Nightshade vegetables are fun, nutritious vegetables that include potatoes, tomatoes, and chili peppers (see the list below). Potatoes and tomatoes are two of the most popular vegetables in the United States. These are very healthy vegetables that, however, are definitely not for everybody.
In some people, these vegetables can cause chronic joint, muscle, and nerve pain.
This is believed to be due to the alkaloid chemicals that these vegetables and their relatives, such as tobacco, contain.
In addition, nightshades are often served in unhealthy ways that can be significantly addictive.
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During World War I, when the blockade of Denmark prevented the importation of food, the people of Denmark survived largely on potatoes as well as whole grain bread and porridge, cabbage, and milk. The death rate in Denmark actually fell during this time, as Mikkel Hindhede of the Laboratory for Nutrition Research in Denmark reported in the Journal of the American Medical Association in 1920.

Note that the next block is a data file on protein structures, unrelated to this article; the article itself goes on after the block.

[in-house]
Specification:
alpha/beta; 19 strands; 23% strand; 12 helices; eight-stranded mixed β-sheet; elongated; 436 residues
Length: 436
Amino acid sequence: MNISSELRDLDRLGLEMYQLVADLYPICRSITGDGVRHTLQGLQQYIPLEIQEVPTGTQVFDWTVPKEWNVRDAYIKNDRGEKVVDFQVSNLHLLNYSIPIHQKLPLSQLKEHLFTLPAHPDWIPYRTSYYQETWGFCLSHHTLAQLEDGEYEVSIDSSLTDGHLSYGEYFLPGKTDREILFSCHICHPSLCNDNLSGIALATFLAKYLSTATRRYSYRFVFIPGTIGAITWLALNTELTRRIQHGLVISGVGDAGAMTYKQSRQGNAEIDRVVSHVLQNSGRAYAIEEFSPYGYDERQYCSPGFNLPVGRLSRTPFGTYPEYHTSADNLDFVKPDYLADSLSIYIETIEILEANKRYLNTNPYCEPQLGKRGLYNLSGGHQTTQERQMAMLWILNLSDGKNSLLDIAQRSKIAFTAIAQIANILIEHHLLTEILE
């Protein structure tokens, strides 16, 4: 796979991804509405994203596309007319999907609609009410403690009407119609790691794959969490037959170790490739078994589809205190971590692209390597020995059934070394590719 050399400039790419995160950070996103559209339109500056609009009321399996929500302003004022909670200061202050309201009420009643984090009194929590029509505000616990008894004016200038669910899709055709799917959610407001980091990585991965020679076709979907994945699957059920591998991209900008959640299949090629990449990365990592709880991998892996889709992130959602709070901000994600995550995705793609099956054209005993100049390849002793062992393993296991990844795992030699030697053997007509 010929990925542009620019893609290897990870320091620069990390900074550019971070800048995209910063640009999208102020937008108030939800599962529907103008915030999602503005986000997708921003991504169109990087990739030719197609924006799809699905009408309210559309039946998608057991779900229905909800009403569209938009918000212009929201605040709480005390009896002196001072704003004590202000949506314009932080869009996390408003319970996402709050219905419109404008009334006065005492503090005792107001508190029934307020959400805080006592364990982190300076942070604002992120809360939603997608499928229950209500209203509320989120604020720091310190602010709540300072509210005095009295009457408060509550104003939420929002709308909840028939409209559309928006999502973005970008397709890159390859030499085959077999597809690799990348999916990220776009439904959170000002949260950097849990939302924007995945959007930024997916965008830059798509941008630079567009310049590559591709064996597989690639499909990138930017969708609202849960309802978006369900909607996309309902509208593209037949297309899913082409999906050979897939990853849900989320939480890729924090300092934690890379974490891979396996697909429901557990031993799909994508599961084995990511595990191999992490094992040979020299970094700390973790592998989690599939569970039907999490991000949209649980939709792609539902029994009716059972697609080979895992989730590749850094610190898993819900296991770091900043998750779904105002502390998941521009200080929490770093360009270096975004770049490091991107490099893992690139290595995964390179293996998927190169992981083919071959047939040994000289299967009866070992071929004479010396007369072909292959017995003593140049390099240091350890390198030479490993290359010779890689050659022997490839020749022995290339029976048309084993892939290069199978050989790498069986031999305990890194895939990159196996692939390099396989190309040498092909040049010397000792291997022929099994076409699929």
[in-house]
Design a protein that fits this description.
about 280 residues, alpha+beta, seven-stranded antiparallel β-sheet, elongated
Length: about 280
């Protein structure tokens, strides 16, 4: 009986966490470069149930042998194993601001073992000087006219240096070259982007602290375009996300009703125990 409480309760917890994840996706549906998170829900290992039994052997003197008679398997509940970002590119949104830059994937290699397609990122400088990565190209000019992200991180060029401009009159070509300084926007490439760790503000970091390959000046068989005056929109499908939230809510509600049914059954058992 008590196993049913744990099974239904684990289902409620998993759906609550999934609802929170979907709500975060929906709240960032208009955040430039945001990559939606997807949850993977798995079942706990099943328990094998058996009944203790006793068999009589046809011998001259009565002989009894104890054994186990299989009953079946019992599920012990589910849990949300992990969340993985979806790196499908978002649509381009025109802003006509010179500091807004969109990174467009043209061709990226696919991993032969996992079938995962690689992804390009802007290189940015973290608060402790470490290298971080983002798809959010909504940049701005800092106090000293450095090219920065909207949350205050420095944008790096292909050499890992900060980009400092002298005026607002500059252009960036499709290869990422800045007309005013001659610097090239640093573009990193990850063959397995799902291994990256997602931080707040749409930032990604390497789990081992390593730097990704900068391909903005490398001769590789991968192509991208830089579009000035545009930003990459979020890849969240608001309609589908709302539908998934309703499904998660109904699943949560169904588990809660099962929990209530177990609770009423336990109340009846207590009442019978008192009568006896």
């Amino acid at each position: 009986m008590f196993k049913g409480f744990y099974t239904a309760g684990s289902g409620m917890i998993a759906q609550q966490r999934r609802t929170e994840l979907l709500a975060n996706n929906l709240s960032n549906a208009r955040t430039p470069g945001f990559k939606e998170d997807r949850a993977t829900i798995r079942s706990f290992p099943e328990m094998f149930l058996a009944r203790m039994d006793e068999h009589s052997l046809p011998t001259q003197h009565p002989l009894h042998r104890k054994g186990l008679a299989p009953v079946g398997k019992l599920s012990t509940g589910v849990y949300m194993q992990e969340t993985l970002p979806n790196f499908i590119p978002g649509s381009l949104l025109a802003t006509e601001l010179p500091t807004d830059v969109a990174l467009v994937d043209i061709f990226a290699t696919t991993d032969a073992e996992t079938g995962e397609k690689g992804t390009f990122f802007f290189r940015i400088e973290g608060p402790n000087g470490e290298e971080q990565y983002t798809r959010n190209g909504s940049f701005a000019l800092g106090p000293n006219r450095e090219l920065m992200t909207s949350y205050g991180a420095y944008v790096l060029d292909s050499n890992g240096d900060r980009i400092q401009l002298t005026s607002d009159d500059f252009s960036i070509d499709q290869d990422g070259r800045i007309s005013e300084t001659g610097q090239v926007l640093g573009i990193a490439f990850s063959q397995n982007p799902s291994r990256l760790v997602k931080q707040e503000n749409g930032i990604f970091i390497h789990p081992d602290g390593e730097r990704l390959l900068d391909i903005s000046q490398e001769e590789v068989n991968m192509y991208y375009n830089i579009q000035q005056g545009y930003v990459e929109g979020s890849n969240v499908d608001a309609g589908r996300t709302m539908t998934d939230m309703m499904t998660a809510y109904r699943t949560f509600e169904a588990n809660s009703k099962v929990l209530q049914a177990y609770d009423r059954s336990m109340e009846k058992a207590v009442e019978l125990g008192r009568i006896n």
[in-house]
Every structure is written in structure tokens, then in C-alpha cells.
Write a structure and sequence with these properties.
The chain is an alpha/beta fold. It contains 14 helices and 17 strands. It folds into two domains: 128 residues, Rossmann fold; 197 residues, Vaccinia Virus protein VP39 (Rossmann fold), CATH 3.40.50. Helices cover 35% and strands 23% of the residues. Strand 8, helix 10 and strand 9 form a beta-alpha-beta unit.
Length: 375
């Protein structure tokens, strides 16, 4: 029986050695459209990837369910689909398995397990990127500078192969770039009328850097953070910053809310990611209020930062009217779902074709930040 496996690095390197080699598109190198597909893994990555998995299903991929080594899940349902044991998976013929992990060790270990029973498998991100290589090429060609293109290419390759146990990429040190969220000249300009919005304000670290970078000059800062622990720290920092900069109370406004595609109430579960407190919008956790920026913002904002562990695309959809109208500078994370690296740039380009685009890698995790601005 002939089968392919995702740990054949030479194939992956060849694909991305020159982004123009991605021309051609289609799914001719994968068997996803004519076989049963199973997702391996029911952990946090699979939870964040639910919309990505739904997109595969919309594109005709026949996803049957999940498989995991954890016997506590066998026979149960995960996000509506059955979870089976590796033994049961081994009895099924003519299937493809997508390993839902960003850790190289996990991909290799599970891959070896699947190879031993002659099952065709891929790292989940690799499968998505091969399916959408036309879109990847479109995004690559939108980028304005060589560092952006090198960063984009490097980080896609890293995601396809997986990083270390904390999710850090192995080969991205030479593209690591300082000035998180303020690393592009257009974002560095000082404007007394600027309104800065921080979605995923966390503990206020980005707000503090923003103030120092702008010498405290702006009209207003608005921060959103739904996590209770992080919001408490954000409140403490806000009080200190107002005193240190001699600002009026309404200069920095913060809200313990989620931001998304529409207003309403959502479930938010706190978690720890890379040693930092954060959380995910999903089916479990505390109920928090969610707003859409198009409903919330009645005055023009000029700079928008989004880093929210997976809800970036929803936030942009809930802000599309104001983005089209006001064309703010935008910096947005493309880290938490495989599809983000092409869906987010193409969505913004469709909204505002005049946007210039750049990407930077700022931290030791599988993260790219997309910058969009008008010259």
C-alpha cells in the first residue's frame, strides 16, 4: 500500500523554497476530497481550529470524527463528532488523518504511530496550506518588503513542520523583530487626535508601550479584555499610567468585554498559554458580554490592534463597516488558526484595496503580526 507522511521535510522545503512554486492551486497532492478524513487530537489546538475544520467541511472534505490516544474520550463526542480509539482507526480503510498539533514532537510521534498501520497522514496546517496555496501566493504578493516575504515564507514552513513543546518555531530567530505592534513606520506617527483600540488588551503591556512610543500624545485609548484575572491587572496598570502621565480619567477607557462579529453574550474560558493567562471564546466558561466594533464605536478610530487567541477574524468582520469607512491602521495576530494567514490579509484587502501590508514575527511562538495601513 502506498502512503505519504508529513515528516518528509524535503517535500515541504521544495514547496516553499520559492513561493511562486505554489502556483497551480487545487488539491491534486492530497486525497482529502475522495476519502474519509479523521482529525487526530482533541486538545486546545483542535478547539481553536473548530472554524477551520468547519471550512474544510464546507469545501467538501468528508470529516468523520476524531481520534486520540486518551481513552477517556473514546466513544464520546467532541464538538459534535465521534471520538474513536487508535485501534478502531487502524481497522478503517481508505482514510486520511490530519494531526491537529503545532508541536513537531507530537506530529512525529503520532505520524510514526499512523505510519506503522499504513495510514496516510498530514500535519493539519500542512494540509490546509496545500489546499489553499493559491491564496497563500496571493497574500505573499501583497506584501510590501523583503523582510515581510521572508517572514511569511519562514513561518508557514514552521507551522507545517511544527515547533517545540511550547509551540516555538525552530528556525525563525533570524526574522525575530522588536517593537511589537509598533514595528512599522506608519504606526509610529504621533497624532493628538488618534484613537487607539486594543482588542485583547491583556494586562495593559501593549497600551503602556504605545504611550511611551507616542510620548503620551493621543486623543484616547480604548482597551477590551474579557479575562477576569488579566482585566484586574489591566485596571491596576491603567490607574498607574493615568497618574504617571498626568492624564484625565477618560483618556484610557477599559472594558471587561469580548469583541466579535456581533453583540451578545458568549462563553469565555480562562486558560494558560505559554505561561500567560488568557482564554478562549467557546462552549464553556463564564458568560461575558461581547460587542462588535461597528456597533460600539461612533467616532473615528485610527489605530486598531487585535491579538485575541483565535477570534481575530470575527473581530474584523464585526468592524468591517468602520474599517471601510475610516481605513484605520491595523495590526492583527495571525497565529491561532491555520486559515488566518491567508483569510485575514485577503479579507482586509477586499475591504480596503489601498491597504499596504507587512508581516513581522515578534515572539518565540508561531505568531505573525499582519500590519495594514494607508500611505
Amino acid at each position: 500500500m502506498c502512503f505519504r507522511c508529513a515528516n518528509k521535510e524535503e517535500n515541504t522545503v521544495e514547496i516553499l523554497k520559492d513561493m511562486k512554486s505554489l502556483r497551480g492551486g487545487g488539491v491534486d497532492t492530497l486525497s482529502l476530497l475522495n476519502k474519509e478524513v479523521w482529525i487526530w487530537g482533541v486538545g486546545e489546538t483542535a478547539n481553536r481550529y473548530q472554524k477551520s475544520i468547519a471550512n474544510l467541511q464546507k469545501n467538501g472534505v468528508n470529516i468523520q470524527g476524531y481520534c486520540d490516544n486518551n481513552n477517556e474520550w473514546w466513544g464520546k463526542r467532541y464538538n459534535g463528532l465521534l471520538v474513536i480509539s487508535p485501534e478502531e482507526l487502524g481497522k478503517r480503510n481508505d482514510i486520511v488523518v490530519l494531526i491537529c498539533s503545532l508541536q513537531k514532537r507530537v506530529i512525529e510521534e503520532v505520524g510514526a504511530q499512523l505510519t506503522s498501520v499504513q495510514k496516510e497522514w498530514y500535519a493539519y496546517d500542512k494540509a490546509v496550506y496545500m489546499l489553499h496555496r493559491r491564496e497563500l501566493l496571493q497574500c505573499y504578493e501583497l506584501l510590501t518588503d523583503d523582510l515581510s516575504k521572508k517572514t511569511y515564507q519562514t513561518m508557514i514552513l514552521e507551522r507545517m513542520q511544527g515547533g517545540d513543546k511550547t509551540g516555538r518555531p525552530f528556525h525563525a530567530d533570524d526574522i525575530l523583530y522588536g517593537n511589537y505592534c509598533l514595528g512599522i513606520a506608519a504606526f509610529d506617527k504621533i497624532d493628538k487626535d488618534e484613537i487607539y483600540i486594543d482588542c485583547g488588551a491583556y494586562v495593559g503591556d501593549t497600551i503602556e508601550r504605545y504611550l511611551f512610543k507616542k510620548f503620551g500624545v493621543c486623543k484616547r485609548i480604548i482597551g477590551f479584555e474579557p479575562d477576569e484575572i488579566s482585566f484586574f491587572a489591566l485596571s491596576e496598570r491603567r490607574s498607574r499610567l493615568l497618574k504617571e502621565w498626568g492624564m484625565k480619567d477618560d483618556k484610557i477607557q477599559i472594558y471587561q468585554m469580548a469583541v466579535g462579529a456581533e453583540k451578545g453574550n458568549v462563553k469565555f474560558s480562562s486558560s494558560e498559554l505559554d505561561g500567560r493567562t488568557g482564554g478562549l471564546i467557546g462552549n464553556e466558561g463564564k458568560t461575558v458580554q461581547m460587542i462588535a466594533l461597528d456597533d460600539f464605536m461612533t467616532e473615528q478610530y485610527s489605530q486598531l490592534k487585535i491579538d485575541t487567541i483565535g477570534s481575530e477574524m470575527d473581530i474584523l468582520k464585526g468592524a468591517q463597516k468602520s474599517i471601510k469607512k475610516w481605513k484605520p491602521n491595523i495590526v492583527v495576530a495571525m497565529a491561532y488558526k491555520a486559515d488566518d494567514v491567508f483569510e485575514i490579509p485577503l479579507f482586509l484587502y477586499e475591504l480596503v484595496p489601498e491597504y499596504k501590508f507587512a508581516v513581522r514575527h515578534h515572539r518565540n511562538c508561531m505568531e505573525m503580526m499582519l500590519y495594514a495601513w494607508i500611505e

Hindhede noted that based on previous experiments, an exclusive diet of potatoes with fat will sustain good health for at least a year.
Additionally, both potato broth and raw potato juice have been used for healing purposes.
Tomatoes are a staple of the healthy Mediterranean diet, along with olive oil, and other whole grain and vegetable foods.
Tomatoes are the best and most common source of lycopene, the pigment that makes tomatoes red. Lycopene is a carotenoid, a cousin of beta-carotene. It's a unique antioxidant that, especially in food form, fights cancer and heart disease. It even survives heat and thus concentrates in cooked tomatoes.
Chile peppers are rich in Vitamin C and carotenoids. Besides being fun for their sharp taste and stinging sensation, they will clear your sinuses and are particularly good for colds.
That stinging sensation is the result of capsaicin, one of the nightshade alkaloids.
Nightshade family plants manufacture drug-like chemicals within their tissues. These chemicals are of a type known as alkaloids.